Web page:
• Molly Holly defeated Lita to retain the Women's Title.  Another superbly worked and ideally booked match...  Lita, continuing to spotlight her altered repertoire, wrestled a match that was more technically sound and old school than it was spot-centric.  And of course, that plays perfectly to Molly's strength.  Molly also continued to be very enthusiastic in her heelishness, which kept the crowd into the match.  Finish was nice: Molly hit the Molly-Go-Round, but Lita summoned her final reserves to kick out.  Frustrated, Molly resorted to chicanery: while the ref was checking on Lita, Molly untied the middle turnbuckle pad in one of the corners, and second later, reversed her way into slingshotting Lita face-first into the exposed steel.  Lita crumpled to the mat, Molly made the cover, and got the pinfall after about 8 minutes of work.  [A flat-out good match, with no qualifiers ("good for girls," for instance) necessary nor appropriate.  Well-worked with a finish that helps both women: Molly's deviousness is underscored, and Lita comes out with a reason to go revenging.]
  • Kane beat Shane McMahon in their Ambulance Match.  I think this is a rare case when one can say, "Exactly what you'd expect," and it's not just a cheap cop-out to avoid describing what went down.  This literally was just about exactly what any wrestling fan of a certainly level of intelligence would have expected to see.  Lots of generic brawling, punctuated by about three really high energy spots courtesy of Crazy Shane.  I feel no need nor desire to recount the various ways Shane was tossed into the ambulance or to enumerate the number of punches and kicks thrown here.  Instead, I'll just tell you that Shane started off the match with the big elbow drop off the top rope through the Spanish Announce Table.  Then, when the brawl went backstage, he backed an SUV into Kane in a spot that was staged well enough to be effective.  And finally, in the Spot of the Match, Shane did the Van Terminator dropkick dive from the roof of the ambulance into Kane (who was positioned about 15 feet away on the floor of the arena).  But even after all of that, Kane recovered to randomly toss Shane into various objects, then nailed him with a Tombstone on the concrete, and threw him into the ambulance and closed the doors to win the match.  [I guess maybe the final spot was a bit anticlimactic, but there were enough earlier high spots to render this worthwhile.  You got yourself an intense brawl that didn't overstay its welcome.  At around 15 minutes, this was actually a bit shorter than I anticipated, but that was A-OK by me.]
  • Backstage: Josh Matthews is interviewing Brock Lesnar... and Lesnar is in Full Denial Mode.  He didn't get beat, he didn't tap out (cue the "You Tapped Out" chant, natch), and he's the WWE Champion, goddammit, and he'll face anyone to prove how good he is.  Enter... Goldberg?  Whoa, again.  Goldberg and Lesnar go eye to eye, and Goldberg lays a mild verbal smack down on Lesnar before walking away.  [I expected cross-overs on this show.  I did not expect this cross-over, however.  Might they actually play the Champion vs. Champion card at WM20?  I'd argue against it for about five billion reasons -- unless they decide to just give up on the brand split idea -- but this could have been the planting of just such a seed.]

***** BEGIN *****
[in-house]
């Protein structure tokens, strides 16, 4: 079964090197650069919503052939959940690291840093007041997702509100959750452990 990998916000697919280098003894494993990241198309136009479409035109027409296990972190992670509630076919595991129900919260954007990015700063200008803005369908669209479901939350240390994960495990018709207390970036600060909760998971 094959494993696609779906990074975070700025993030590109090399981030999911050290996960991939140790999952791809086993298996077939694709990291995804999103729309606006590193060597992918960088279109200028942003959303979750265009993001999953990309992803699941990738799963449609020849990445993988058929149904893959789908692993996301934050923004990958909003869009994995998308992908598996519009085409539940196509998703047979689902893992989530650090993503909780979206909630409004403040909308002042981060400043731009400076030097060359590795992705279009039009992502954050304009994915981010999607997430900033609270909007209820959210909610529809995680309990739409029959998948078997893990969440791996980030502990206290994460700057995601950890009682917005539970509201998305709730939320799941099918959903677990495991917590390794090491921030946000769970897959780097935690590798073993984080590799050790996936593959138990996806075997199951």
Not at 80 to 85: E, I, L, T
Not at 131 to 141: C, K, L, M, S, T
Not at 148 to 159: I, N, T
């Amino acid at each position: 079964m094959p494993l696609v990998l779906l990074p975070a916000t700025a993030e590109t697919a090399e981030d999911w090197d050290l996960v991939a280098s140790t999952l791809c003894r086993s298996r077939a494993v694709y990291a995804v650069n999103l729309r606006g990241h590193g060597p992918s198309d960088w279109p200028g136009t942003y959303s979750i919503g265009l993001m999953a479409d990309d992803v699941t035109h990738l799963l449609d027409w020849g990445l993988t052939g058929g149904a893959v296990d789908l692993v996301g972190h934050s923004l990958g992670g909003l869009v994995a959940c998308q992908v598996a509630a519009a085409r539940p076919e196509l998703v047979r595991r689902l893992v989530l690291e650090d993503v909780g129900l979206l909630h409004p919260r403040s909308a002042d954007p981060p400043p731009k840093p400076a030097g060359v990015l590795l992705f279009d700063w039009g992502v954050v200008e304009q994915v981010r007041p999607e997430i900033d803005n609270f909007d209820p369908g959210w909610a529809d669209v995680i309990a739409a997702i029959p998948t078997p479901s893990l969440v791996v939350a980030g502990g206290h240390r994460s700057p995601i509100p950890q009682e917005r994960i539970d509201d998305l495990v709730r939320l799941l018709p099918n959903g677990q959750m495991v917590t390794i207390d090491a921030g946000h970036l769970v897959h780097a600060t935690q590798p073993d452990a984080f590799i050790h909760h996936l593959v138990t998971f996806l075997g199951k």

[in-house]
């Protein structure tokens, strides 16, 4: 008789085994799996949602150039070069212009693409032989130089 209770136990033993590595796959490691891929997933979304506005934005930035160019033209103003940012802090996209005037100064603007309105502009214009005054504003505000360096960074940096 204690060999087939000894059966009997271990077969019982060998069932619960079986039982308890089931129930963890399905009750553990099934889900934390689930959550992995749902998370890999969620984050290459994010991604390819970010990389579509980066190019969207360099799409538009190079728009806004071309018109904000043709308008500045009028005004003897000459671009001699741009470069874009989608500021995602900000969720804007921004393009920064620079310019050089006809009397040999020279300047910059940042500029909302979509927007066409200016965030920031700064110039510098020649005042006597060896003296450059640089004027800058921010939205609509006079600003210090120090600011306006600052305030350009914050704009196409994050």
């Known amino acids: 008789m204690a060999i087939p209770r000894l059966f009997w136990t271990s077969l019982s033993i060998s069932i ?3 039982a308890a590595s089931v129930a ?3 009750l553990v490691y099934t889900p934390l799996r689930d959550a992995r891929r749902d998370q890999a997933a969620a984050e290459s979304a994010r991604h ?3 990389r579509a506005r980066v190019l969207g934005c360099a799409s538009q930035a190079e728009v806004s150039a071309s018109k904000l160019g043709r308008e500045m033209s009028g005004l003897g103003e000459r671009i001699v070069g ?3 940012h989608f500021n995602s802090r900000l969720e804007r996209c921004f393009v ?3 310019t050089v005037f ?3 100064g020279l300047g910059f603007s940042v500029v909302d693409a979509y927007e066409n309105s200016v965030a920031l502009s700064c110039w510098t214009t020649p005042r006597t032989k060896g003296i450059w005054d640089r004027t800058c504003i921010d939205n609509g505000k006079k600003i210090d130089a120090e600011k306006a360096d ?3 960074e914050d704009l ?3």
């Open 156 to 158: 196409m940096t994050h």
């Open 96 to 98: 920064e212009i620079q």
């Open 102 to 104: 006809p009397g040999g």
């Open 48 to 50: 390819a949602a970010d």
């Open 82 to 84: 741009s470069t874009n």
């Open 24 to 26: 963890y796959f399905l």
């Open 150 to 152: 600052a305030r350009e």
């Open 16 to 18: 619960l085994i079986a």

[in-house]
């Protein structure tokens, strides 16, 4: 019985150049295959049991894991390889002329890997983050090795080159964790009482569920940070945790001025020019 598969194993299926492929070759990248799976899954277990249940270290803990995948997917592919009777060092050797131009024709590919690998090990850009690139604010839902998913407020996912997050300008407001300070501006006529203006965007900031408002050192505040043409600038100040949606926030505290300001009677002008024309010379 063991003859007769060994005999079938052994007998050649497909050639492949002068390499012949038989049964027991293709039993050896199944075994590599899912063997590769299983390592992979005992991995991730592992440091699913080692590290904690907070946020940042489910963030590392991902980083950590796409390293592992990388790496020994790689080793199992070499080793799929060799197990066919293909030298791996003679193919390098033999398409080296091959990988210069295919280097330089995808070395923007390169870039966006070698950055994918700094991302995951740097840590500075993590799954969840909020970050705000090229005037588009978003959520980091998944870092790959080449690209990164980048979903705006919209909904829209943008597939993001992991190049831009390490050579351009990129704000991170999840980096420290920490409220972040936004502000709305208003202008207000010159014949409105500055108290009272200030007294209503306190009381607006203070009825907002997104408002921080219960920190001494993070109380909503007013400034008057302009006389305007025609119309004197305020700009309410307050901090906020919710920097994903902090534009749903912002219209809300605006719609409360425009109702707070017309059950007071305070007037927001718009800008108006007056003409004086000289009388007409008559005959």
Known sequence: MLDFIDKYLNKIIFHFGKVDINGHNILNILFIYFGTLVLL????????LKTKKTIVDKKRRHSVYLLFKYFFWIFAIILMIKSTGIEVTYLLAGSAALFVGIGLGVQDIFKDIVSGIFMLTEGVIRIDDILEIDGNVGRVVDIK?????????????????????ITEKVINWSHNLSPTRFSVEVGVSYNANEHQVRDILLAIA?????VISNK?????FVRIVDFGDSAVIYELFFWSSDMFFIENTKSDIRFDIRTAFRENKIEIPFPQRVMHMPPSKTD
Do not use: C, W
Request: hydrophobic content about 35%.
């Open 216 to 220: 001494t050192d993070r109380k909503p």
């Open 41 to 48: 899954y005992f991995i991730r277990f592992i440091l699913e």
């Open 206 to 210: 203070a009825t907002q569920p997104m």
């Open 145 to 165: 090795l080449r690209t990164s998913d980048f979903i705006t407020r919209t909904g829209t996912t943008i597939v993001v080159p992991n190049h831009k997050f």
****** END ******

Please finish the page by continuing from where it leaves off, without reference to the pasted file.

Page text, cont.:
• In a relatively pointless waste of time, Jonathan Coachman came out to the ring to "thank the fans" for all their support and get well wishes since he was 3-D'ed on Monday.  But then Coach spots Dallas Mavs owner Mark Cuban seated at ringside, and decided to conduct an interview.  When Cuban reveals he's looking forward to seeing Team Austin prevail later on, Coach takes exception...  but Coach is also excused by Eric Bischoff, who decides he'll conduct this interview with Cuban himself.  Bischoff even invites Cuban into the ring.  When Bischoff tells Cuban "You think you're such hot stuff, but you're nothing," Cuban decides he's had enough, and shoves Bischoff hard to the mat.  But look out behind you, Mark!  There's Randy Orton, who nails the RKO, and looks quite pleased with himself as he retreats from the ring.  [Umm, so I guess this is why we had to put Tajiri/Noble in the Heat Ghetto?  So WWE could suck up and give an ego stroke to a douchebag millionaire NBA owner?  Sorry, WWE, but on this on, you get no points.  Mark Cuban is not ready for PPV, and given what was to come for Orton later in the night, I don't think he needed this spot, either.]
  • Backstage: Triple H, Ric Flair, and Batista are partying it up with a bevy of broads and a couple bottles of champagne.  Victory for HHH is assured, they claim. Then Randy Orton comes in and puts his nipples over before also reminding us that he'll be killing the legend of Steve Austin later tonight.
  • The Bashams defeat Los Guerreros to retain the WWE Tag Team Titles.  Good enough stuff here, but I think they missed an opportunity to play up the "Chavo got his ass kicked three days ago" angle, and instead did a more generic style of match, with Eddie actually doing most of the babyface in peril work for his team.  Even though the work was good, that lack of a latch-on-to-able psychology or intra-match storyline meant the crowd wasn't as much into this as they could have been.  Finish came after Chavo had been hot tagged, and Chaos Broke Loose.  With all four guys brawling in the ring, Chavo went for a wrap-around DDT, but on the wrap-around, accidentally kicked Eddie in the head.  Eddie went down, and when Chavo went to check on him, one of the Bashams rolled Chavo up from behind, pulled on the tights for some extra illegal leverage, and got the cheap pinfall.  After the match, Chavo and Eddie lingered in the ring and appeared to have a few words for each other, but that passed quickly, and they left the ring together.  [A bit disappointing, I think, given that they had material to work with that went unused.  The lack of sizzle and the shortness of this match, under 10 minutes, let me down.  Still nothing bad, though.  I guess maybe I just expected too much.]